Saying prayers as a Council: a reflection of British heritage & being in touch with one’s Spirituality, or a breach of Human Rights?

It was only yesterday that I posted on the various talk about secularism in the UK. And today, the saga continues. You may remember Bideford Town Council, who have been in the news a couple of times for publicly praying together before commencing council meetings. Well, because of one offended atheist who was a councillor (Clive Bone, who is pictured above), the council ended up having to cease praying before meetings.

The legal case rested on three arguments: that the prayers were discriminatory against atheist councillors, the prayers were a breach of human rights laws, and that the council had no lawful authority to hold prayers as part of its formal meetings.

The judge rejected the first two arguments, but ruled: “The saying of prayers as part of the formal meeting of a Council is not lawful under s111 of the Local Government Act 1972, and there is no statutory power permitting the practice to continue.”

The Act does allow councils to do anything that “facilitates, or is conducive or is incidental” to a council’s functions, but Mr Justice Ouseley ruled that the saying of prayers at formal meetings does not fall within that provision.

Well, after the episode, outrage broke out. Even the head of the Equality Commission, Trevor Phillips (who I’ll say more about later), thought the case against the saying of prayers before council meetings “nonsense on stilts”.

Then, Chris Bryant, a Labour MP spoke out against the court case.

Agreeing with Christ Bryant, other MPs spoke out against the ruling.

Then, Eric Pickles, a Government Minister spoke out against the ruling and told councils to carry on praying despite the ruling.

And the latest news is that the council have voted to appeal against the ruling.

Not only that, but Eric Pickles is now going to do everything in his power to encourage praying in council meetings.

What’s interesting about the vote is that 11 out of 16 councillors voted in favour of the appeal. Now that’s astonishing.

Whilst these militant secularists are whining and complaining about human rights and supposed discrimination about one man who doesn’t like to pray (or even sit quietly, perhaps) everyone else is standing by the fact that Christianity plays an important role in the lives of Britons, whether they follow the faith or not. I doubt all the 11 who voted for the appeal are practising Christians, but nonetheless they see the value of prayer and reflection before making decisions within the council. Now that says a lot.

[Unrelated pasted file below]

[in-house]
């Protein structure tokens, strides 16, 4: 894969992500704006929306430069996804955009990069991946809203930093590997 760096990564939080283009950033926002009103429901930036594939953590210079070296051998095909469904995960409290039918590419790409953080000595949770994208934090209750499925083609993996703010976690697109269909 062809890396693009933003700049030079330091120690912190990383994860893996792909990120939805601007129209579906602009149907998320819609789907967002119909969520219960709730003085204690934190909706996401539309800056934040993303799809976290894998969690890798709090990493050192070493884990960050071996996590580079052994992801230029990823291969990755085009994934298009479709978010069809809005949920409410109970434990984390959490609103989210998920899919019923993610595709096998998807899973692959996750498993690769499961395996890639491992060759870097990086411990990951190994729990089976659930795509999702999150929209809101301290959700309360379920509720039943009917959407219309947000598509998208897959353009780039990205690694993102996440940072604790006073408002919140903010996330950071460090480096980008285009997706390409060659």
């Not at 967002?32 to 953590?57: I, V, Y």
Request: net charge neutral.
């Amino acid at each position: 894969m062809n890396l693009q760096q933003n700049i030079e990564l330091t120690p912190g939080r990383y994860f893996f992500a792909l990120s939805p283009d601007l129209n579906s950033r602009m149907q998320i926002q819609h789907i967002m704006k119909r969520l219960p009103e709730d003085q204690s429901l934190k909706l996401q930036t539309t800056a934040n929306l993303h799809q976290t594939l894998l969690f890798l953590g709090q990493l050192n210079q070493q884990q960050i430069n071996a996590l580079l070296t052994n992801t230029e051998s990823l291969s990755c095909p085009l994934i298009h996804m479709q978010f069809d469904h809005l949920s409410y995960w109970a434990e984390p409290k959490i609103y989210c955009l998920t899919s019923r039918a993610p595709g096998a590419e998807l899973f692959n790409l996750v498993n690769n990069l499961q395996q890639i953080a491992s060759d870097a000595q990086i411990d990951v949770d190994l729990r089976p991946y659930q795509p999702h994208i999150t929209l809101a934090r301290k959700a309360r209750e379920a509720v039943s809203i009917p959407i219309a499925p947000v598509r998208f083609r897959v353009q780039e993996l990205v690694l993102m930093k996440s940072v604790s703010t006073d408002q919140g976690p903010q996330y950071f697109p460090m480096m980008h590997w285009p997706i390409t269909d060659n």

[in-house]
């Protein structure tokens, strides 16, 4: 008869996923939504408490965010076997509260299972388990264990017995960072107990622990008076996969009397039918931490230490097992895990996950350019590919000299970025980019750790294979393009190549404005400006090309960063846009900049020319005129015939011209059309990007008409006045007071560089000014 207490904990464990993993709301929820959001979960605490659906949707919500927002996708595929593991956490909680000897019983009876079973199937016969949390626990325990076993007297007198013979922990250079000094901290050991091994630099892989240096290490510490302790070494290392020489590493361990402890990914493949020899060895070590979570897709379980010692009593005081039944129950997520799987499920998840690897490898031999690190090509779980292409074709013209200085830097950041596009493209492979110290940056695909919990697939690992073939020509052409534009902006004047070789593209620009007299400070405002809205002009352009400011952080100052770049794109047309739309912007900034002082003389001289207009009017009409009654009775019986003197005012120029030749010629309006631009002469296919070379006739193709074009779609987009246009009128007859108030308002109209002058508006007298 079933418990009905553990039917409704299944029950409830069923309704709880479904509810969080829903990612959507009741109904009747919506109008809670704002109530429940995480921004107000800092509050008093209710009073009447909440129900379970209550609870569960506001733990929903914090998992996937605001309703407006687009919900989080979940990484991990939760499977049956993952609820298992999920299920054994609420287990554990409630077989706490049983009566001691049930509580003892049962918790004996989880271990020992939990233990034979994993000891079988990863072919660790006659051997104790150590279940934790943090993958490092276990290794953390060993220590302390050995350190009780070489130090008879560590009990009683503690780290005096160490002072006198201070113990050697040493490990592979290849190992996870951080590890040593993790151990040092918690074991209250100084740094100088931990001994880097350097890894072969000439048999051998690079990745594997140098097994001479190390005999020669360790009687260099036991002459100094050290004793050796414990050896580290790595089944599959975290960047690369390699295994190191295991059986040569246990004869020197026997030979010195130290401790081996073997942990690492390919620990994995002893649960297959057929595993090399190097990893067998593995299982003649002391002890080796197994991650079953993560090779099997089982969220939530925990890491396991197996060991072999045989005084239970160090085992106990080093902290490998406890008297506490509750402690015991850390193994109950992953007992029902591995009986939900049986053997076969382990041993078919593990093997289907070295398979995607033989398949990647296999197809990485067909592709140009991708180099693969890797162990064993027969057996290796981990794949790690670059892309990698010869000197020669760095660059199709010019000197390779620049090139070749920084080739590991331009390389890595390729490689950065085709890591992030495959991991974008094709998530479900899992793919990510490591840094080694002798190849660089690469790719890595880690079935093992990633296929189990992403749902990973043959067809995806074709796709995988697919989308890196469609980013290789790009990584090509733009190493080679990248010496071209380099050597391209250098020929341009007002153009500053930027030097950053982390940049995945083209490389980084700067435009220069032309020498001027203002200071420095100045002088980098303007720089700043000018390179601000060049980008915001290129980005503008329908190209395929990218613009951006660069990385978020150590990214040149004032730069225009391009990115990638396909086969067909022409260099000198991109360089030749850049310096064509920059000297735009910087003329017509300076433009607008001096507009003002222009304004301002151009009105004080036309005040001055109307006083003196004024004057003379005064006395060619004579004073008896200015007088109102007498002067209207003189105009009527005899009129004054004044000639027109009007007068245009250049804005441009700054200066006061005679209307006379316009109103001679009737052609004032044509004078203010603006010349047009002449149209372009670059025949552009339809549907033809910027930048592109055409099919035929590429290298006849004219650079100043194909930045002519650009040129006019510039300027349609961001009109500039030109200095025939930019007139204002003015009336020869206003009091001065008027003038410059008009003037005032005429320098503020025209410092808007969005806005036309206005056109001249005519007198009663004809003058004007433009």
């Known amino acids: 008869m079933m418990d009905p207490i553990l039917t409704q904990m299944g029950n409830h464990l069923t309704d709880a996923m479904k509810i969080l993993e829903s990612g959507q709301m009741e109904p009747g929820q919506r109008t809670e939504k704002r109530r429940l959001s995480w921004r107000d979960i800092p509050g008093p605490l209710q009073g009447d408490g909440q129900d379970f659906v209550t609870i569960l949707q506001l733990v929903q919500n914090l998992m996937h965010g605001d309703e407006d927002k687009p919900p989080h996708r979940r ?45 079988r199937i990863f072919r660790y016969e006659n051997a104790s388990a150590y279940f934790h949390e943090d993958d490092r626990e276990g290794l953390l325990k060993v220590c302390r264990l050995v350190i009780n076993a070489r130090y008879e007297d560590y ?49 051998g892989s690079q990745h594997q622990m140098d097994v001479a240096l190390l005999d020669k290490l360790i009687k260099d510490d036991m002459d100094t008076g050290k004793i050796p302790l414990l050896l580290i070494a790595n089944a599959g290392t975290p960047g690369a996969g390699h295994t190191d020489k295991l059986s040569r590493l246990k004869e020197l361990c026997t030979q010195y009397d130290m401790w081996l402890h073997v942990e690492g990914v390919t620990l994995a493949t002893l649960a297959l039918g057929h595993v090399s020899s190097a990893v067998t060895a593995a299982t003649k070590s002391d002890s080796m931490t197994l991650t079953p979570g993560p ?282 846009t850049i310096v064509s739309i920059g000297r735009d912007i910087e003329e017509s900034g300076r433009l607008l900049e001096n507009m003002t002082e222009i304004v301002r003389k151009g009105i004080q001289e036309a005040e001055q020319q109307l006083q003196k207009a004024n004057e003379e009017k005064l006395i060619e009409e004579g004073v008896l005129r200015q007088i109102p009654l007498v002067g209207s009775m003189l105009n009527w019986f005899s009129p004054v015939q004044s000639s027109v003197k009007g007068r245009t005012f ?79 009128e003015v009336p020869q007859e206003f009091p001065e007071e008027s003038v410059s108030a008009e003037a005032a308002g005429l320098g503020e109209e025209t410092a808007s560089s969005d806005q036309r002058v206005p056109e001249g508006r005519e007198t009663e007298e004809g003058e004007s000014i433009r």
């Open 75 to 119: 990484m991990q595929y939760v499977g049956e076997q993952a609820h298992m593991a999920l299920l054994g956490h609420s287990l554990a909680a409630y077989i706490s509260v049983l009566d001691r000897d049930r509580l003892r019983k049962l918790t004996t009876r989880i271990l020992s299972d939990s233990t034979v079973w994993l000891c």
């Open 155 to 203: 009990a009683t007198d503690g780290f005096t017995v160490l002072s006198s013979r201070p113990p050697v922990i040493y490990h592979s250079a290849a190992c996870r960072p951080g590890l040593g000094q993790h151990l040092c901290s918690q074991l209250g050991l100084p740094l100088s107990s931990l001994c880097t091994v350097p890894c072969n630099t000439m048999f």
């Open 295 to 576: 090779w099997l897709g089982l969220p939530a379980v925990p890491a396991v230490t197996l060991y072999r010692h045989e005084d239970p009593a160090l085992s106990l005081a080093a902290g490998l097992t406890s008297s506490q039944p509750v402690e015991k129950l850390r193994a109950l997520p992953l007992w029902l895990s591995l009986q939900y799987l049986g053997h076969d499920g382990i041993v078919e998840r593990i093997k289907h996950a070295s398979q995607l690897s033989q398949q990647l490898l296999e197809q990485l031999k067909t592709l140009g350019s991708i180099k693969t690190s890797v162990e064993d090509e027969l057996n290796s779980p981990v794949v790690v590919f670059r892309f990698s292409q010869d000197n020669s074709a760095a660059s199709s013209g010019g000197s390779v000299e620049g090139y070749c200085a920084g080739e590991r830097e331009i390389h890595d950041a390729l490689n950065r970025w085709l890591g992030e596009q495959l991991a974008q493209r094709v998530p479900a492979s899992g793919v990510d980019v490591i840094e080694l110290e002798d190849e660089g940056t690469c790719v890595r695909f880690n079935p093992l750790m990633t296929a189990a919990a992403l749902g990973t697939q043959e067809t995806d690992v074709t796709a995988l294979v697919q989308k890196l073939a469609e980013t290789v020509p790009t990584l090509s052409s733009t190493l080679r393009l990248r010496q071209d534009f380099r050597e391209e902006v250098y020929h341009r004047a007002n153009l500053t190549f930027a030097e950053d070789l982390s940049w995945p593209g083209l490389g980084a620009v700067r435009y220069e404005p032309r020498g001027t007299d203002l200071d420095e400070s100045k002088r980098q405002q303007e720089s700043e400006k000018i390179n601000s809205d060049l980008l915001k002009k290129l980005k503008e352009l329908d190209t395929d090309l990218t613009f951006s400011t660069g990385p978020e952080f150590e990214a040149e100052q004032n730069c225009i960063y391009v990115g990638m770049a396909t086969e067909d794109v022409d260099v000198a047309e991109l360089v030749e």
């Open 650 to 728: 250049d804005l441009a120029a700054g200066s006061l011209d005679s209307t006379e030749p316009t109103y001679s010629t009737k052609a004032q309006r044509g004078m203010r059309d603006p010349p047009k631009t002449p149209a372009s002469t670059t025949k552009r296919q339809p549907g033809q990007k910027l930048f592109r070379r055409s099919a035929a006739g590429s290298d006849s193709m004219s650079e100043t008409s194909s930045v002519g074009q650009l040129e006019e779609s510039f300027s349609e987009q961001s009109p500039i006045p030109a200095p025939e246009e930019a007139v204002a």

Meanwhile, the chairman of the Equality and Human Rights Commission, whilst defending the saying of Christian prayers at a council meeting on one hand is now saying that Christians aren’t above the law, and that expecting the law to make exception for them is like the Muslims asking for sharia law! I just don’t get Trevor Phillips. But that’s another story.

Even if we take his current stance, then I wonder when he will tell the humanists, the secularists and the militant new atheists that they aren’t above the law either, and that they must accept the fact that we are living in a country which highly regards our Christian heritage and the church?

The scales just aren’t balanced. And what’s even more telling is that the majority of people are fine with a council saying prayers at a meeting. Obviously, the council themselves are, with the majority so happy with saying prayers that they see it important to appeal against a ruling preventing them from praying!

Yet the smallest group seem to have the loudest voice. The country needs to wake up. The Church needs to stand up and be counted; countless people who aren’t even Christians are standing up for Christianity and the Church, yet many Christians are sitting back and letting them do the hard work. It should not be so.

What’s your view on the situation? Answer the Poll below, and feel free to add any additional comments or responses below.

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Dean Roberts

Dean is a Minister in the Anglican Church. Currently he is Curate in the parishes of Bedwas, Machen, Michaelston-y-Fedw and Rudry in South Wales. He was born and bred in Wales, is married to Megan, and has two dogs called Taliesin and Melyn, and two cats named Sinsir and Hâf. He graduated from Cardiff University with a BA Hons. in Theology & Religious Studies, and has studied for an MA in Theology, Ministry & Mission at Trinity College Bristol. He also holds a Cert.RSCM from the Royal School of Church Music. He loves playing music, walking, reading, blogging and horse riding as well as going to the cinema and theatre. Read More @

  • I find that once again I am hoping and wishing that people would put as much energy and passion into finding ways to end human trafficking and other forms of slavery as they seem to put into stopping prayers from being prayed or the 10 commandments and nativities being displayed publicly.  Everyone wants the rest of the world to be tolerant of their behavior and opinion but no one thinks they should be tolerant of Christians.  This gentleman (Clive) can just leave the room for the prayer.  Why is he going for his 15 minutes of fame over a council prayer?  People.  They’re worse than anybody.